Humanistic psychology focuses on the inner lives, goals, and hopes of people, rejecting the idea that behavior is largely determined by forces beyond people's control. Humanists feel that this idea mitigates people's essential dignity as human beings. Instead, humanists encourage studies of such topics as personal responsibility, and values, along with creativity. Here are some of the goals of Humanism:
- maintaining the dignity of the human being
- a rejection of formal religion and the application of ethical principles to one's life.
- a championing of conservative values
- dissatisfaction with modern culture's stress on wealth and progress
- emphasis on reason, proportion, and decorum
- intellectual and cultural advancement
Certainly, Humanistic psychology, which emerged in the years after World War II, is deeply rooted in the great religious and philosophical traditions of Western society. Certainly, then, humanism supports democracy and human rights, the main principles of the United States Constitution as it demands that personal liberty must be combined with social responsibility and education. Such thinkers as the Transcendentalists Ralph Waldo Emerson and Henry David Thoreau were, in a sense, humanists, for they supported the importance of individual liberty, creativity, and intuition. Emerson's concept of the Oversoul certainly replaced formal religion, placing man at the center of the universe as did the Humanists. In Nature, Emerson writes,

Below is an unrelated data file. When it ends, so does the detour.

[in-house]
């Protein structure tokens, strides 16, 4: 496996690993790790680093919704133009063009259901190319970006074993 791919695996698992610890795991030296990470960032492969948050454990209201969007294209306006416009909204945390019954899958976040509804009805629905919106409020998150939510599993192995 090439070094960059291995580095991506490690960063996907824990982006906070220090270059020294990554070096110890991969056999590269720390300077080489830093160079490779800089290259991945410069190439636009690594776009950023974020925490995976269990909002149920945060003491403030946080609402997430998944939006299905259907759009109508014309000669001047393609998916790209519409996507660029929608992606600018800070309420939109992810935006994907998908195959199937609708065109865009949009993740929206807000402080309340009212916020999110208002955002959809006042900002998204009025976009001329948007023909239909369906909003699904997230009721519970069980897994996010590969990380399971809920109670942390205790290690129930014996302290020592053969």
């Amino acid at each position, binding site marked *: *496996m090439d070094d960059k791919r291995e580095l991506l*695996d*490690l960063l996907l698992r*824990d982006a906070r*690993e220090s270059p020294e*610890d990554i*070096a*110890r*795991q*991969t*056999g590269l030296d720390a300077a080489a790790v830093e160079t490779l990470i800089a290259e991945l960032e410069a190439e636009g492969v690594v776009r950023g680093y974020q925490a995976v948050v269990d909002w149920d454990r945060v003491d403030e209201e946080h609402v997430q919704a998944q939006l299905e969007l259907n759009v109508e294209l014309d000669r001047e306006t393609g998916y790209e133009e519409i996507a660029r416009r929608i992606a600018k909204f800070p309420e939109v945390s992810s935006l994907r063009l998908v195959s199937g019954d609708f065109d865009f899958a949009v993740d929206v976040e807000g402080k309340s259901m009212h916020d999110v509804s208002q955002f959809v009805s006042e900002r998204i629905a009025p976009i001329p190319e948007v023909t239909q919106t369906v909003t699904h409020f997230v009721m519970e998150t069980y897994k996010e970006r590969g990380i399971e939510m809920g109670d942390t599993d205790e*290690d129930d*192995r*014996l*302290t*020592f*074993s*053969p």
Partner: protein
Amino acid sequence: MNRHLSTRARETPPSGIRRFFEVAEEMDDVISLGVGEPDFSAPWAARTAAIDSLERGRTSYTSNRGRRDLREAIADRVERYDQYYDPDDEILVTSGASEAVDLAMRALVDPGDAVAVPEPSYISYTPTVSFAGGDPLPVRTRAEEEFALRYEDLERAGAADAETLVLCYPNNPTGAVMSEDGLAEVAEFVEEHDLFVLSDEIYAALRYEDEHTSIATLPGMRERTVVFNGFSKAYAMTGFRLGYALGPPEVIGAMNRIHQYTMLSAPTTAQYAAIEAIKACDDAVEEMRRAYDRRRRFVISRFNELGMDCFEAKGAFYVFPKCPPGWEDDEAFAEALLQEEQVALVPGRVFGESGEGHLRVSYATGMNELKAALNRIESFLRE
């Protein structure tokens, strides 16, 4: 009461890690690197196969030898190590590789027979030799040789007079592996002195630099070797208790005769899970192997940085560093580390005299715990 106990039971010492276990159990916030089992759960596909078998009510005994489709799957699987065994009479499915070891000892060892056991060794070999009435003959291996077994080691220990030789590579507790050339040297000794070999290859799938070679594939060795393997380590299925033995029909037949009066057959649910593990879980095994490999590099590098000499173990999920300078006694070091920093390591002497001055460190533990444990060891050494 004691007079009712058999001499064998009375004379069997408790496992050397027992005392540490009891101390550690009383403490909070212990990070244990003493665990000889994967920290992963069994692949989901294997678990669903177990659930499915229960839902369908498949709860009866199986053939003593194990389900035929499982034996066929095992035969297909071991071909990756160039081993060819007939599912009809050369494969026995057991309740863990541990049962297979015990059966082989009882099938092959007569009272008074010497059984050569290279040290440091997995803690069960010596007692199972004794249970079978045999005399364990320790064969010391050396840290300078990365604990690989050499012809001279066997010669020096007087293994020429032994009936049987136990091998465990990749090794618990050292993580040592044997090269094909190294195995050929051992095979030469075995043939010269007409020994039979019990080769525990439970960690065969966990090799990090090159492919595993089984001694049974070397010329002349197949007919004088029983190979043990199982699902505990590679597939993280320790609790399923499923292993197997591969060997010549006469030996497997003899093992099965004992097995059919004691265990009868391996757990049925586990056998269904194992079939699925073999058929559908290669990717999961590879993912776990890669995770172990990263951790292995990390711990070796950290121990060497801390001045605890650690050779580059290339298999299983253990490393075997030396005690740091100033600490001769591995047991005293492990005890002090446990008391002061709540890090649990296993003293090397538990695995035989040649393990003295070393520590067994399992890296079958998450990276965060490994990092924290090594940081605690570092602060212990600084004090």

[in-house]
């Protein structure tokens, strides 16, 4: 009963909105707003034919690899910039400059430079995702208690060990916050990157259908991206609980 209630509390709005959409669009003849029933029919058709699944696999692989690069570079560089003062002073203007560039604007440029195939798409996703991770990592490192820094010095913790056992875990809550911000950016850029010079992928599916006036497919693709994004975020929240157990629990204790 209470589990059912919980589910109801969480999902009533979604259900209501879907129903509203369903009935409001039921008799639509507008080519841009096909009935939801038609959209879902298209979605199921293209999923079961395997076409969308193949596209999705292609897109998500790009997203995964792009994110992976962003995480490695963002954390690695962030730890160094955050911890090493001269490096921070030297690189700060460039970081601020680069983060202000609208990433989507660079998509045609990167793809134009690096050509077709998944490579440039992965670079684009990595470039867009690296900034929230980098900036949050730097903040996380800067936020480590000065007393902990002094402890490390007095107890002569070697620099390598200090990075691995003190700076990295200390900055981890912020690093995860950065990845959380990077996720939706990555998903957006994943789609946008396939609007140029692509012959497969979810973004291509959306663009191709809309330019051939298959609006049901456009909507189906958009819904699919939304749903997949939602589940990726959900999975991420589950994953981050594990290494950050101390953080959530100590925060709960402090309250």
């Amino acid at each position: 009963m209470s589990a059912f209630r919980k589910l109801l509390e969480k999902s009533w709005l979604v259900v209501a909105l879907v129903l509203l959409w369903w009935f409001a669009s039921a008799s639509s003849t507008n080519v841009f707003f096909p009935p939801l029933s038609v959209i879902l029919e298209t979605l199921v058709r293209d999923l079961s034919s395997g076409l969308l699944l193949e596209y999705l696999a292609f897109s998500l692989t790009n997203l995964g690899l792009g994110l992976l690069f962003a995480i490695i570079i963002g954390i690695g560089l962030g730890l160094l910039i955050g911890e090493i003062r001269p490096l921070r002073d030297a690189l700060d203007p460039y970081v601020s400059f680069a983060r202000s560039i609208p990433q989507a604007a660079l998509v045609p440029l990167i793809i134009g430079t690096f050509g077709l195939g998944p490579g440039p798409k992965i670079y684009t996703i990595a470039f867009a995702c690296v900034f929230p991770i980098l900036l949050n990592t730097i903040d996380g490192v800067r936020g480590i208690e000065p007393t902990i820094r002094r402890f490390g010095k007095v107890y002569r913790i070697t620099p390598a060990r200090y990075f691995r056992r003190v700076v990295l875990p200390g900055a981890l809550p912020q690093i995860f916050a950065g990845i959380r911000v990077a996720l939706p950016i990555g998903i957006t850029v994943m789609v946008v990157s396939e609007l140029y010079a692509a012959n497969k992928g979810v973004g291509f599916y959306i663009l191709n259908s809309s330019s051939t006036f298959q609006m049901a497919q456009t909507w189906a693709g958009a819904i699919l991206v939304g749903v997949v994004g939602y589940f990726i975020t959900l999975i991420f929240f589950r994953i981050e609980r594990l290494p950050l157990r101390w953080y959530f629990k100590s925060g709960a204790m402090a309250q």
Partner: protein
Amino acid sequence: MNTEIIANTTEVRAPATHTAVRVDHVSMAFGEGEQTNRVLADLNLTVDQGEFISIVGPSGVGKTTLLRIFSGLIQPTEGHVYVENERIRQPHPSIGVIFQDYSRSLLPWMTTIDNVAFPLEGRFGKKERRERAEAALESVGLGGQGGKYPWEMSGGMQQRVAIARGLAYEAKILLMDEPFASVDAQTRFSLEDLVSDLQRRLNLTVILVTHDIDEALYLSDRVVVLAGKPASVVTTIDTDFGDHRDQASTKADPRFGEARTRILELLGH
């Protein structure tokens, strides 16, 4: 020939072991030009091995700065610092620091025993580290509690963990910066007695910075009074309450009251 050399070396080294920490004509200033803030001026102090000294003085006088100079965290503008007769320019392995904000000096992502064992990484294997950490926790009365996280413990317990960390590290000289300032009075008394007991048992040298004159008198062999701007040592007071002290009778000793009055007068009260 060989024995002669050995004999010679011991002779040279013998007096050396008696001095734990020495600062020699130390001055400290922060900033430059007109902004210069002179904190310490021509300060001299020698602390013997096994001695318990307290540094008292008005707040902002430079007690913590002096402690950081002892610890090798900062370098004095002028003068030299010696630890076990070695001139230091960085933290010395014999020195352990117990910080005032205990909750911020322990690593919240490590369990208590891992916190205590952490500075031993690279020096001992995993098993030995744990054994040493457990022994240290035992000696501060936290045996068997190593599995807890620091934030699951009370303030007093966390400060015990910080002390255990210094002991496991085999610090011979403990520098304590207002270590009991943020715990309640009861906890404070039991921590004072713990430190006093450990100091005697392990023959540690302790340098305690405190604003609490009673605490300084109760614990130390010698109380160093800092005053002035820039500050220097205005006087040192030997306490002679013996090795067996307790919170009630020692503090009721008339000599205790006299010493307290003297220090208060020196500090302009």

The currents of the Universal Being circulate through me; I am part or particle of God.
And, Thoreau extols individual social responsibility in his "Civil Disobedience" in which he states that a man must follow his conscience and not support a government when it assaults one's liberties.
While the United States Constitution has long stressed individual liberties, and the emphasis upon reason and decorum as do the Humanists, the society of the United States was not built upon one of Humanism's goals; namely, dissatisfaction with stress upon wealth and progress. For, the American Dream was conceived as a goal of acquiring wealth, land, and prestige in order to advance in socio-economic class.